For the first time, scientists have been able to send a simple mental message from one person to another without any contact between the two, thousands of miles apart in India and France.
Research led by experts at Harvard University shows technology can be used to transmit information from one person's brain to another's even, as in this case, if they are thousands of miles away.
"It is kind of technological realization of the dream of telepathy, but it is definitely not magical," Giulio Ruffini, a theoretical physicist and co-author of the research, told AFP by phone from Barcelona.
"We are using technology to interact electromagnetically with the brain."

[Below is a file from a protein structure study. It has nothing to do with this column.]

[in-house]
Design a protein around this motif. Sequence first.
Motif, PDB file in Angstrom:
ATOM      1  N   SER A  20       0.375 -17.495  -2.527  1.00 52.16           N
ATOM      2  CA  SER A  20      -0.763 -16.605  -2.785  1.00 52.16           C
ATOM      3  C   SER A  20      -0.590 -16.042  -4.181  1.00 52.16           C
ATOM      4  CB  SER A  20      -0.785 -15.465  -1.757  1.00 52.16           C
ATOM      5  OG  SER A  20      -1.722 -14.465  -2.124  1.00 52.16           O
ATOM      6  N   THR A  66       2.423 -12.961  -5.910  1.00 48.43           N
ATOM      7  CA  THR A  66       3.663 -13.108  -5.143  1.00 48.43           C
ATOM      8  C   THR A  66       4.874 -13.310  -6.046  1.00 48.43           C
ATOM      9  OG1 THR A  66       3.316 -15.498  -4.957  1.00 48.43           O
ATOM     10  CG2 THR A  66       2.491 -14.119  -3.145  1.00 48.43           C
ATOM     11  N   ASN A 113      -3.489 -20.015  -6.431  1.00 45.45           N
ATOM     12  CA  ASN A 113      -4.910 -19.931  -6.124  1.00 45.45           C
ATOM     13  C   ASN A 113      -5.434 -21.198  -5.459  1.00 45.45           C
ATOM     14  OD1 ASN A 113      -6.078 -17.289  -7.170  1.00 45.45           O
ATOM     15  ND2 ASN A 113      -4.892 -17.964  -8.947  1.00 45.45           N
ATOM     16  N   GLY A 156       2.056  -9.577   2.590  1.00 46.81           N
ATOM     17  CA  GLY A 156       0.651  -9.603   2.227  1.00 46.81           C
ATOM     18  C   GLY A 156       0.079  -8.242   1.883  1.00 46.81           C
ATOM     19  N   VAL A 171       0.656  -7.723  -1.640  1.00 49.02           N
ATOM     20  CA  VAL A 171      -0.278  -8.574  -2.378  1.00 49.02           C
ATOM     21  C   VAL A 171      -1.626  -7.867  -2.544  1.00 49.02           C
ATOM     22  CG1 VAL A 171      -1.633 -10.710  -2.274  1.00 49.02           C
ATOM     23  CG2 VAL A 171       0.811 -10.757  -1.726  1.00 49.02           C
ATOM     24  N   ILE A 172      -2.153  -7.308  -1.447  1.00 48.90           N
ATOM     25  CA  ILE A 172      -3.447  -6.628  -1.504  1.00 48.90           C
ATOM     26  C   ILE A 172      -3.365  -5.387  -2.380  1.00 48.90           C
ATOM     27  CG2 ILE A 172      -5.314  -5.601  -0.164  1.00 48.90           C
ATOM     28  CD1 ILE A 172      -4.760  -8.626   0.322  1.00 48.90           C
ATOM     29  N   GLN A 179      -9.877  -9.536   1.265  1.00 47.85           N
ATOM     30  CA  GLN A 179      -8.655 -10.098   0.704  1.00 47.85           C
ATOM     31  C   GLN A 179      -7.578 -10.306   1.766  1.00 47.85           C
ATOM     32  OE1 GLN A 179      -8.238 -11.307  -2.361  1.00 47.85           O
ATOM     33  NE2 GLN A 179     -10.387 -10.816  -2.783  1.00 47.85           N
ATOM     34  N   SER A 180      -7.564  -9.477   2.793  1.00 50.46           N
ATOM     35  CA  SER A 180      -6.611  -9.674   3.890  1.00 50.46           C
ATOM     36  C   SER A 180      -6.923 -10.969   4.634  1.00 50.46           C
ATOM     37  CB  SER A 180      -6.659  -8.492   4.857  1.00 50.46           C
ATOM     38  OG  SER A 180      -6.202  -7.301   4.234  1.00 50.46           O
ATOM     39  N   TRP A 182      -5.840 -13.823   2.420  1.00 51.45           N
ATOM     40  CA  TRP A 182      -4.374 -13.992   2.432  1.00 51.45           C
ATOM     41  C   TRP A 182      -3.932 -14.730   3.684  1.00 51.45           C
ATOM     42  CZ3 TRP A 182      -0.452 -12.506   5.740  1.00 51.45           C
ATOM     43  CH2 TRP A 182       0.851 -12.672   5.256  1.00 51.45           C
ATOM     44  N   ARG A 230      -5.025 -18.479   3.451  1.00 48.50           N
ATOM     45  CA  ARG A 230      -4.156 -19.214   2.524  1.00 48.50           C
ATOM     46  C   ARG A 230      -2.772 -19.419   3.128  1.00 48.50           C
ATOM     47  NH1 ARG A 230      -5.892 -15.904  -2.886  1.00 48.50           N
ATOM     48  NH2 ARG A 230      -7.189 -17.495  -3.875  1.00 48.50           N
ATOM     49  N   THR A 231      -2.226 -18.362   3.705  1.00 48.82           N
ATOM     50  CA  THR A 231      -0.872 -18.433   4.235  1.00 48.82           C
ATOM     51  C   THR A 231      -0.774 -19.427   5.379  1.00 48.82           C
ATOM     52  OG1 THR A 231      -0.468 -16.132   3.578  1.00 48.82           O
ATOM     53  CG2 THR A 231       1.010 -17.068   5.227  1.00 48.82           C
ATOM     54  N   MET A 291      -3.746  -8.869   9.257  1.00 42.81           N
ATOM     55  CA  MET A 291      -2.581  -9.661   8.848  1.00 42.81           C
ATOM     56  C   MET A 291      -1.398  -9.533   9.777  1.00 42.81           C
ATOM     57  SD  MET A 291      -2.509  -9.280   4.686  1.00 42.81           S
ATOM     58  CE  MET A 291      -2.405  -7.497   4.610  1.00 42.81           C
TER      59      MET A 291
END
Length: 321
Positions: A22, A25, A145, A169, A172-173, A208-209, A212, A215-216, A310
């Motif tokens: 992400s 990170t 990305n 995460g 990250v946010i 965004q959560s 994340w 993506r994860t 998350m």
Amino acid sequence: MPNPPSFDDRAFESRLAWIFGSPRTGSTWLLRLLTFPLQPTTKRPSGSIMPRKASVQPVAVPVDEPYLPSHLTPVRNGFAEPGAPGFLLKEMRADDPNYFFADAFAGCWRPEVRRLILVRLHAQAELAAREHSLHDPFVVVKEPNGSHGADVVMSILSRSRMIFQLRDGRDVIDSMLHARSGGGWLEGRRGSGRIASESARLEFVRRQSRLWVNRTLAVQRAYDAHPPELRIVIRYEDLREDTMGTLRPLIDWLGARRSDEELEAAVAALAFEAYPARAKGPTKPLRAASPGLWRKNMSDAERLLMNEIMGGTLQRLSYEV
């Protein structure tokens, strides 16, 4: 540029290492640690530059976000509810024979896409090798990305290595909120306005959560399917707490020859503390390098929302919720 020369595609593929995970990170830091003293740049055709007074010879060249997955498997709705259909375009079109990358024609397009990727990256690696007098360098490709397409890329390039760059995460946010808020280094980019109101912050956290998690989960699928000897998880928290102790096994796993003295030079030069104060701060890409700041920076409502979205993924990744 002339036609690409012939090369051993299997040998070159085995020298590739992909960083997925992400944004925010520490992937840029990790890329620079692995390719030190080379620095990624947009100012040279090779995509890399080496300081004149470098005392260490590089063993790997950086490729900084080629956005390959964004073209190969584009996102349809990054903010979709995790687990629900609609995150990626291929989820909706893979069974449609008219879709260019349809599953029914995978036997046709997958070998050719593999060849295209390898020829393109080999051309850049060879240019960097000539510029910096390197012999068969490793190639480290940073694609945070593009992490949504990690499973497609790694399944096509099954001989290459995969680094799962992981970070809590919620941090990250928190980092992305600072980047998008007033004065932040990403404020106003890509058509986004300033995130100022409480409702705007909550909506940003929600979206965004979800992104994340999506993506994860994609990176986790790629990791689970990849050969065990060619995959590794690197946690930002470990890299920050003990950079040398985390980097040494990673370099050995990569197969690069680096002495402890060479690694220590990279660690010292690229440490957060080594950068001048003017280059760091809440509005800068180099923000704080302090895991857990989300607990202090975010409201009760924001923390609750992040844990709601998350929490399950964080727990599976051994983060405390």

For the experiment, one person wearing a wireless, Internet-linked electroencephalogram or EEG would think a simple greeting, like "hola," or "ciao."
A computer translated the words into digital binary code, presented by a series of 1s or 0s.
Then, this message was emailed from India to France, and delivered via robot to the receiver, who through non-invasive brain stimulation could see flashes of light in their peripheral vision.
The subjects receiving the message did not hear or see the words themselves, but were correctly able to report the flashes of light that corresponded to the message.